Jean Jacques Rousseau's The State Of War

1096 words - 4 pages

Jean-Jacques Rousseau's "The State of War"

Jean-Jacques Rousseau's "The State of War" elegantly raises a model for confederative peace among the states of Europe, and then succinctly explains its impossibility. Rousseau very systematically lays out the benefits of such a "perpetual peace" through arguments based only in a realism of pure self-interest, and then very elegantly and powerfully turns the inertia of the self-interest machinery against the same to explain why it can never come to be. However, this final step may be a bit too far; in his academic zeal for the simple, I will argue that he has overlooked the real, or at least ignored the possible. His conclusion may be appealingly reasoned, but it is still insupportable.

The perpetual peace that Rousseau treats is that proposed by the Abbé de Saint-Pierre, a fact that doesn't become clear until the latter end of the piece. Rousseau tells us that the Abbé has, over time, advanced a fair number of plans for peace and prosperity, all to the ridicule of contemporary thinkers (125). That Rousseau takes up this one plan, in particular, may simply be masturbatory: as a writer, Rousseau was not averse to cutting his teeth on the works of others that he found to be disagreeable, as evidenced by his disdainful treatment of Hobbes (112). However, before criticizing Rousseau's work or speculating as to why he carried it out, it serves first to understand it properly.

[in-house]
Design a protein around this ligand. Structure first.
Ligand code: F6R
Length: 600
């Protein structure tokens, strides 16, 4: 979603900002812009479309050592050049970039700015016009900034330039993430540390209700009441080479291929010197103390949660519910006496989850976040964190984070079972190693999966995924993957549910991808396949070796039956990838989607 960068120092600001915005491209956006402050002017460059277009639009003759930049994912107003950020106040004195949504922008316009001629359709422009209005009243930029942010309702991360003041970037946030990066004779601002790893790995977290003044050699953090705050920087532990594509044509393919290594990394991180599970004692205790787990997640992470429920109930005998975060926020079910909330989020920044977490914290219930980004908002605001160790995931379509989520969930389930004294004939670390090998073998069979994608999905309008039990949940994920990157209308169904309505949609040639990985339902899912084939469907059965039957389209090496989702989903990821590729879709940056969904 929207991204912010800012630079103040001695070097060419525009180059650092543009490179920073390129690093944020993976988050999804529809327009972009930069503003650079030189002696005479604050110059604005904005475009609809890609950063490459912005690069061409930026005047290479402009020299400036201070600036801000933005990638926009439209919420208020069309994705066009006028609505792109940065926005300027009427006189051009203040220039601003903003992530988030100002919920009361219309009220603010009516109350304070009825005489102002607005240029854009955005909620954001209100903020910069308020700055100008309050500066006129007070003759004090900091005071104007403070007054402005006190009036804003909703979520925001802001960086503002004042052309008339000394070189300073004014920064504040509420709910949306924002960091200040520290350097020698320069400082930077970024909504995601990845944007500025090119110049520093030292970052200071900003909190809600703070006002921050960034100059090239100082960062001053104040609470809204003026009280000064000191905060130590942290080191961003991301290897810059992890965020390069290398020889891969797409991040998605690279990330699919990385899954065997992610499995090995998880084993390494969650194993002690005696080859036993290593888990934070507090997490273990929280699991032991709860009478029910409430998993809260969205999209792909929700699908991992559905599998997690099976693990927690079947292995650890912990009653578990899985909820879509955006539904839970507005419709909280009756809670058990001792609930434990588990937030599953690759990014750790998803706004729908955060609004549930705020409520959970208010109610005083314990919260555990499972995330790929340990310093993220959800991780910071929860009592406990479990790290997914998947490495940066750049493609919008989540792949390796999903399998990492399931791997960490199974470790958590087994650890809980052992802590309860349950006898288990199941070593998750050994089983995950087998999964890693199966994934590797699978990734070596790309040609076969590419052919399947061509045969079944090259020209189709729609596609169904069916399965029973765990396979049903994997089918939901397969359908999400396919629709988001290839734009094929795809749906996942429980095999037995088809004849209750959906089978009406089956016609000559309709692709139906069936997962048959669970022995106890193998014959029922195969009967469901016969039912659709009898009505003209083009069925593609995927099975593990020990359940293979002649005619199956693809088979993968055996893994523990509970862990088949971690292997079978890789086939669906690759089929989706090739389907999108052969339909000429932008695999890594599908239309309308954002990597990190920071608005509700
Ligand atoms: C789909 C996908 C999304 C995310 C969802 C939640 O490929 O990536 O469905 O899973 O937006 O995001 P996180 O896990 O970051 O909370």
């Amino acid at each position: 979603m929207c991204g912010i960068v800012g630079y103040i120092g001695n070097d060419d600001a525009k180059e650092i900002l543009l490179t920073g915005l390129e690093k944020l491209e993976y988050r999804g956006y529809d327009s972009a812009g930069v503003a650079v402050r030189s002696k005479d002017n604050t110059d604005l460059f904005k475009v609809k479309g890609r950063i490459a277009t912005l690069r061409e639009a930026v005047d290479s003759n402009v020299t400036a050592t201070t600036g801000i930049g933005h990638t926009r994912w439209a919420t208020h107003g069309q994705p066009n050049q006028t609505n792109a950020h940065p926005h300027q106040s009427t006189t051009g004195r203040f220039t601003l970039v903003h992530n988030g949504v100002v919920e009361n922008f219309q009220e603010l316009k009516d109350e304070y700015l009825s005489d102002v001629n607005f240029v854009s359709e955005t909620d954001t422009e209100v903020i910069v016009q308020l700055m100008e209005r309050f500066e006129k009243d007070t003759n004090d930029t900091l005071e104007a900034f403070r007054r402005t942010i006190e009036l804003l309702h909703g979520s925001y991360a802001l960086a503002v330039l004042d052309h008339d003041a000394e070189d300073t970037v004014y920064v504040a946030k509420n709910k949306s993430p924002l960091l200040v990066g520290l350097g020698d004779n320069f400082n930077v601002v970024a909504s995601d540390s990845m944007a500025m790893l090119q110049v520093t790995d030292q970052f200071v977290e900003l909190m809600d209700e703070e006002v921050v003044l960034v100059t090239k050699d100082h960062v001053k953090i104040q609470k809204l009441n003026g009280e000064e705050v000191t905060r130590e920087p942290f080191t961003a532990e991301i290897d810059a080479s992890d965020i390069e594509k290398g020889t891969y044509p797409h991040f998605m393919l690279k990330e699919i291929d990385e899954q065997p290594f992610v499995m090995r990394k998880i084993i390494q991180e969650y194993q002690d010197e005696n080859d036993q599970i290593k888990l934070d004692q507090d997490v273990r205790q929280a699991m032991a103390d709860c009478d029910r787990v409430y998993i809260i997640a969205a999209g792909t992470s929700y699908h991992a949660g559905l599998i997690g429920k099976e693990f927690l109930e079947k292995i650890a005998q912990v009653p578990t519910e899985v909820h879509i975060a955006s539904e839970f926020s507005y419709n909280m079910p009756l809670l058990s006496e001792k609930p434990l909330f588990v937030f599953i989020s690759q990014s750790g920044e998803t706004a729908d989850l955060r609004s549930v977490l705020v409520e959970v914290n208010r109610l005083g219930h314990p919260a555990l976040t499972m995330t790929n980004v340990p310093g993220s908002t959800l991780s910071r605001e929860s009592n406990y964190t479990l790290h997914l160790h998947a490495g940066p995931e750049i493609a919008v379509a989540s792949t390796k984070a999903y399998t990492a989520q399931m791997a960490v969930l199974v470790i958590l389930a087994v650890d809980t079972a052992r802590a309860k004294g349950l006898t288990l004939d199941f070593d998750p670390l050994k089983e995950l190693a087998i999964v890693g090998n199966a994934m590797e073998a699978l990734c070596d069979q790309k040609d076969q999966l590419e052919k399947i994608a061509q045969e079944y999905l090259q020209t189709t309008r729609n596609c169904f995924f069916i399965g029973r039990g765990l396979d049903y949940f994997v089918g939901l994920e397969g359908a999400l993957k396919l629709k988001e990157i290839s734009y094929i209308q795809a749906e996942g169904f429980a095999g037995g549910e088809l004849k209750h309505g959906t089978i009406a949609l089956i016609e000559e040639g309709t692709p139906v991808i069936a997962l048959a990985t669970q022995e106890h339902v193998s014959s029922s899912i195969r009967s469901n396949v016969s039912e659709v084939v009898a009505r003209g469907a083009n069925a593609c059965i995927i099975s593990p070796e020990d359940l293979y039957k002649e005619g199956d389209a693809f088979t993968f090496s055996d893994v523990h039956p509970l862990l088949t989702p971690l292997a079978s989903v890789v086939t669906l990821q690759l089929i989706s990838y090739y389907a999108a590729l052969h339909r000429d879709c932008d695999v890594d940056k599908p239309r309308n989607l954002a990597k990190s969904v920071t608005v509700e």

From his figurative window, Rousseau sees a Europe ravaged by conflicts resulting from supposedly peaceable and civilized institutions (111). He posits that the essentially problematic flaw, the cause of conflict, is a contradiction in modes of relating: while individuals live within a framework of enforced norms ("laws"), states exist in an anarchic and unregulated structure with no central authority ­ a state of nature (112). While refuting the possibility that this international state of nature is a Hobbesian war of all against all [which would tend to the destruction of the species, an aim he finds both logically and religiously untenable (114)], he certainly acknowledges that conflicts occur even among actors whom we would call naturally virtuous ­ those seeking peace (112).

This contradiction is problematic because the boundaries between the civil and the natural, the domestic and the international, overlap at times (112). For instance, war on the outside invariably affects the civic order on the inside. Because of this contradiction, we are forced to bear the burdens of supporting both orders separately, thus negating the advantages brought by either. We are subject to the vagaries of the international system when it affects civil life, and yet as individuals our hands are tied and we are unable to enjoy natural freedom ourselves because we are also subject to the authority, at times oppressive, of the civil domestic structures (which, as we have seen, fail to protect us from all international affects) (112). Even a state...

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